Remember during meditation to use a soft, nurturing and calm voice. Try to speak slowly and reassuringly so your child feels relaxed and safe.
Choose your Mediation
Teaching your child to control their breathing helps them to calm their mind and body. Taking slow deep breathes is an excellent way to increase oxygen to the body and bring peace. Having awareness and control over their own breathing means they may one day use breath as a relaxation tool to relieve anxiety, stress and emotion in their daily lives. They may even use it to defuse anger or a temper tantrum.
Try this breathing technique at the start of a meditation or as a meditation exercise on its own.
Encourage your child to breath in for 4 counts– “Breath in 2,3,4, breath out 2,3,4,5,6.” If this is too long for your child’s lung capacity, shorten the counts. Make sure that the exhale is slightly longer than the inhale as the exhale breath is the relaxing part of breathing. Inhaling a new breath brings fresh energy and can sometimes be more invigorating than relaxing. Both actions are important but try to focus on the exhale. Do this exercise a few times with your child and then ask them to place their hands on their diaphragm so they can feel themselves control their breathing as air enters and leaves their body.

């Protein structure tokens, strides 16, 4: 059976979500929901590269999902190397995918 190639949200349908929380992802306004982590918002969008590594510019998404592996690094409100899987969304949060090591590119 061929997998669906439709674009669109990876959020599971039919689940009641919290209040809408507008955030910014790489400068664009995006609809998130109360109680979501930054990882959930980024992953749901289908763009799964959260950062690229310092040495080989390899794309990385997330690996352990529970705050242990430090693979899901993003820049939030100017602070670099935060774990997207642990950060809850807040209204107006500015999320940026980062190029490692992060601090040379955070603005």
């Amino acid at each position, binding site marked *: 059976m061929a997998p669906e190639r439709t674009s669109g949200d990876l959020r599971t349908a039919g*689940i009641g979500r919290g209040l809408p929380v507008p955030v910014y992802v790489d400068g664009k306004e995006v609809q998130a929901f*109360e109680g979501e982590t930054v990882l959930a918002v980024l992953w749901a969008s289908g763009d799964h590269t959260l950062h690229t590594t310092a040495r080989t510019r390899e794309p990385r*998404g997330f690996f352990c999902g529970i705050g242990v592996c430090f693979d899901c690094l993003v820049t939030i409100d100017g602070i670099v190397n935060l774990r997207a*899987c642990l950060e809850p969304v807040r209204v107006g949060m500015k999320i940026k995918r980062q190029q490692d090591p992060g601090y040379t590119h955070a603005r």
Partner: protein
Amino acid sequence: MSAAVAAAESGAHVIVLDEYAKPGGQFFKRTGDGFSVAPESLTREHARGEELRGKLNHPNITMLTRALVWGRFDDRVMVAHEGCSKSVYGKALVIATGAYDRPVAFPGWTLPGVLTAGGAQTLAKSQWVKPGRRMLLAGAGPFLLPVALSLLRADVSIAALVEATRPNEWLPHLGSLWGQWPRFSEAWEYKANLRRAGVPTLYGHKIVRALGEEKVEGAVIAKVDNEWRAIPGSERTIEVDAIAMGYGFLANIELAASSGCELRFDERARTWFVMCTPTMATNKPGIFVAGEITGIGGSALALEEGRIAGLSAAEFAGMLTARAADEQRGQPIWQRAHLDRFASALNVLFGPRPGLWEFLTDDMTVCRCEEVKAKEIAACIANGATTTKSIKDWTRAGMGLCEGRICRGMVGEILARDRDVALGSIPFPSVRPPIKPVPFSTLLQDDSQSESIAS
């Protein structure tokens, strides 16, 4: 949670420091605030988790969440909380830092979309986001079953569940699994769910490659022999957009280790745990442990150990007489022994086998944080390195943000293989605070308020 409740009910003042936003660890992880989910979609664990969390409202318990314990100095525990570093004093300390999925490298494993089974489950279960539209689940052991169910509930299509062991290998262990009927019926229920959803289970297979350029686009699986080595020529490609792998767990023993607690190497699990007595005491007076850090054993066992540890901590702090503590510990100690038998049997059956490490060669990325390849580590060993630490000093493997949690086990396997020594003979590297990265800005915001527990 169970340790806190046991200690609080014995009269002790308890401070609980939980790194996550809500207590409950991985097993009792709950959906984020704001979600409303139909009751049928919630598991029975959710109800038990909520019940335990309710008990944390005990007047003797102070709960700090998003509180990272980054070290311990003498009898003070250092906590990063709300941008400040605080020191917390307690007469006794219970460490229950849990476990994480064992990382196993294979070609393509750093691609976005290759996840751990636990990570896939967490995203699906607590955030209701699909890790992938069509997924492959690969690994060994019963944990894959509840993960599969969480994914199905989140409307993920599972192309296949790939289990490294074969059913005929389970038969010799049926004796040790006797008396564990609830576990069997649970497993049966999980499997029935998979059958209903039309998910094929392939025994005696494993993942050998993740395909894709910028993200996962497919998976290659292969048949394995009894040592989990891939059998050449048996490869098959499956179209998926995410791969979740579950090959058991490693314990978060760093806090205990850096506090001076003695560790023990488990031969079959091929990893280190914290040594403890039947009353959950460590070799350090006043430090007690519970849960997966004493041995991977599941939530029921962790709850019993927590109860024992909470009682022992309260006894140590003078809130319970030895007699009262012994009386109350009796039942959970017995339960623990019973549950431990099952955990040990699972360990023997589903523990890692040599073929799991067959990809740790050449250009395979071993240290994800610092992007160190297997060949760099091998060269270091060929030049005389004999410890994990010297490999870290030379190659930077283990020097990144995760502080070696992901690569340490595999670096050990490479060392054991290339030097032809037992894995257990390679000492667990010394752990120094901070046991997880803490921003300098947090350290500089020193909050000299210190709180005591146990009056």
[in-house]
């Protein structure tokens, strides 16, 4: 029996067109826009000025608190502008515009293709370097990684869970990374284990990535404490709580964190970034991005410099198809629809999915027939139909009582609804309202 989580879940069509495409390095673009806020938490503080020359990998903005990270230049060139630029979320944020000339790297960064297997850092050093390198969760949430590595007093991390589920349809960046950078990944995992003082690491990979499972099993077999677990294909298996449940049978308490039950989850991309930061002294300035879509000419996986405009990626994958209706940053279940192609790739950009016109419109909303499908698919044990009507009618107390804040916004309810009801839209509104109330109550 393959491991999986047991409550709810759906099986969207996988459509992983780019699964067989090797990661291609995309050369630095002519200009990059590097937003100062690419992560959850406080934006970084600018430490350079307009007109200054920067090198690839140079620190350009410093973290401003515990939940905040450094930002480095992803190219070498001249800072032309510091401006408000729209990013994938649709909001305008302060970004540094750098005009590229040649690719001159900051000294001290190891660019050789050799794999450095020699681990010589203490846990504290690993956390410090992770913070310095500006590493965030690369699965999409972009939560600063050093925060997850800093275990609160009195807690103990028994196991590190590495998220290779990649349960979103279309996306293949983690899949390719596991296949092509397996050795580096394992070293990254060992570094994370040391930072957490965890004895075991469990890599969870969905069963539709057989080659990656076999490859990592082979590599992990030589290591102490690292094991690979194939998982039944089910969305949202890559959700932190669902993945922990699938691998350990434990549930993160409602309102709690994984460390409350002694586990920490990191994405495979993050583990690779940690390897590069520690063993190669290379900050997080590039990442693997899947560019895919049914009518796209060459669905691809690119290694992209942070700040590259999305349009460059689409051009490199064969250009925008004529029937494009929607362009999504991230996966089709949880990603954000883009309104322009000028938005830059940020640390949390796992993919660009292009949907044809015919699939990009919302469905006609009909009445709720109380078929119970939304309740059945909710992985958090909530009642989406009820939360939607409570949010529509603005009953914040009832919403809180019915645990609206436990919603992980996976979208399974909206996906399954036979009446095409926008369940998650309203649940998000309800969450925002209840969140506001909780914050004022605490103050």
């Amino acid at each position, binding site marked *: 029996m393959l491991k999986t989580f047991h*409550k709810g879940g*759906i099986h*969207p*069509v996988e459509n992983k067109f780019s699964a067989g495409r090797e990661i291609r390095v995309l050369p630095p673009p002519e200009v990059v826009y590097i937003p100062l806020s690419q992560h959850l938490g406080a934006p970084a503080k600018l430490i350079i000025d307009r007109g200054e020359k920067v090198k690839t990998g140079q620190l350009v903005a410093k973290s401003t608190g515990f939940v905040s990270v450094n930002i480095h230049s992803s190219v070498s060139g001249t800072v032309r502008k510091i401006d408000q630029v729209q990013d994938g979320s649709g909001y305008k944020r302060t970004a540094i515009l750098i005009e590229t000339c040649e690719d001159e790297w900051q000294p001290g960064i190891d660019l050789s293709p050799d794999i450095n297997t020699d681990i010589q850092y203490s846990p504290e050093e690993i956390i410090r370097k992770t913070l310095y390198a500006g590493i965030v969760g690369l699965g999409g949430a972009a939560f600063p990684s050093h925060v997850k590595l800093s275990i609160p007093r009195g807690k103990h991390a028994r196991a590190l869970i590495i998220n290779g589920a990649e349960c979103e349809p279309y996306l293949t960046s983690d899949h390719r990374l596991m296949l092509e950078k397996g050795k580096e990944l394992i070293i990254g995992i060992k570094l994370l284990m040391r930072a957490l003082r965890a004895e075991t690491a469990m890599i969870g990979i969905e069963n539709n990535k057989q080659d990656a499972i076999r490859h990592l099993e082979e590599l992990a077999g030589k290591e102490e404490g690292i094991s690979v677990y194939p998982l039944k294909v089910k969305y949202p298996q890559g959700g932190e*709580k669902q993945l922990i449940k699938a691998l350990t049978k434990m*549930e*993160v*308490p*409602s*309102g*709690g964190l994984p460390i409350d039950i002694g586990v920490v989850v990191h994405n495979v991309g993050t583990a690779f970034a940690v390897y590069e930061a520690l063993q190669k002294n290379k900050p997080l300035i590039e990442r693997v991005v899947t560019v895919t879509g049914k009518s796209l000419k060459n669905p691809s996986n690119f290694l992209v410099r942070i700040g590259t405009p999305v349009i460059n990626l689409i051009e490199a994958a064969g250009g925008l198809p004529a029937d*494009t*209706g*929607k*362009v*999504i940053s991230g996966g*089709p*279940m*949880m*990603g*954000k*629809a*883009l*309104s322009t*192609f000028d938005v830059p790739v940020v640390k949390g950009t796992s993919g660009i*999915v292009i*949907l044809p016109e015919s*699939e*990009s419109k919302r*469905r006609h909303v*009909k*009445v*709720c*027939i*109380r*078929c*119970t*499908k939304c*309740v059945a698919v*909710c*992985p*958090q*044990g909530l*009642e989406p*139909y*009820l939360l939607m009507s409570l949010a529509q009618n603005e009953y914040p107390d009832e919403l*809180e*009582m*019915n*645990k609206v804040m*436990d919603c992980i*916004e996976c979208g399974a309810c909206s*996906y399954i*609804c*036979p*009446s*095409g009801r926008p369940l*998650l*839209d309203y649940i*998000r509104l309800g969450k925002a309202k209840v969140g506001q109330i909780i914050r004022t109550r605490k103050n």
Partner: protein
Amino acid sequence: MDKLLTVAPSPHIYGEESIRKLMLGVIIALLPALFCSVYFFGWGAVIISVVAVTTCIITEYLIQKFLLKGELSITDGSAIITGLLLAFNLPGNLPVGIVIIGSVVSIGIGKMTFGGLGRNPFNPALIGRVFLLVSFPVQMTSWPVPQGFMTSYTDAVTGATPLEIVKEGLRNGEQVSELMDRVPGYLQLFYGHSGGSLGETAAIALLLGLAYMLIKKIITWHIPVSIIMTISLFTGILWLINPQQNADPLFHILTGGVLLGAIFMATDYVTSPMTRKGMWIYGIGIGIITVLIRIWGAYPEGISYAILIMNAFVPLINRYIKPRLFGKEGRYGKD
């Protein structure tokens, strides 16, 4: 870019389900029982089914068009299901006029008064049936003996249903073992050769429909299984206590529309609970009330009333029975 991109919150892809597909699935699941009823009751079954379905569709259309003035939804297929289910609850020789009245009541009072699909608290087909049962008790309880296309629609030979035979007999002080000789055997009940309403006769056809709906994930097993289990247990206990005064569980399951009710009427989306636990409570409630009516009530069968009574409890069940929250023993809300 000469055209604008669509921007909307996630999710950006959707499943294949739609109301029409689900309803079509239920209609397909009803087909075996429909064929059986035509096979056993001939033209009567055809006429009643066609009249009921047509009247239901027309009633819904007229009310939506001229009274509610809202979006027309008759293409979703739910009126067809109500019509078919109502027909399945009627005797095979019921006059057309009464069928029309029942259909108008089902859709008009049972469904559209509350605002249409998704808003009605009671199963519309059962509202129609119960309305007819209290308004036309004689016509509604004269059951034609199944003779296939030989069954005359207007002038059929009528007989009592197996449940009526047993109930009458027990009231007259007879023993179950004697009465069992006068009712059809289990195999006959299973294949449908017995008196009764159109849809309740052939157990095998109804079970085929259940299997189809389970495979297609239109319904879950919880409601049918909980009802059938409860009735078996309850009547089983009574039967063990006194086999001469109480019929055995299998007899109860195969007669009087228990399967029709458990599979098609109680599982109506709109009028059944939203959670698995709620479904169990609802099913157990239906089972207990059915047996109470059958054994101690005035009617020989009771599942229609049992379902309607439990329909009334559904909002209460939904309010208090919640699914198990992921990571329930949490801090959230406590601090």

This requires a little bit of imagination as you will take your child to a very special imaginary place. This type of mediation is a little bit like telling a story so that your child can visualise it in their mind. You will need to use descriptive language and talk about what you are absorbing with your 5 senses.
“Now that you are very still and your eyes are closed, imagine you are about to enter your own secret garden. You are standing at the tall golden gates and as you walk into your secret garden you can feel tiny little pebbles tickling your feet and toes. In the garden you can see the most beautiful yellow roses. They smell deliciously sweet…”
Take your child on a journey. Throughout the meditation/visualisation make sure you pause to create some quiet moments. This will allow your child’s mind to imagine and wander.
From time to time during your story, you could bring their attention back to their breathing.
“Let’s now feel our breathing– Breath in 2,3,4, breath out 2,3,4,5,6.”
(Repeat as many times as you like).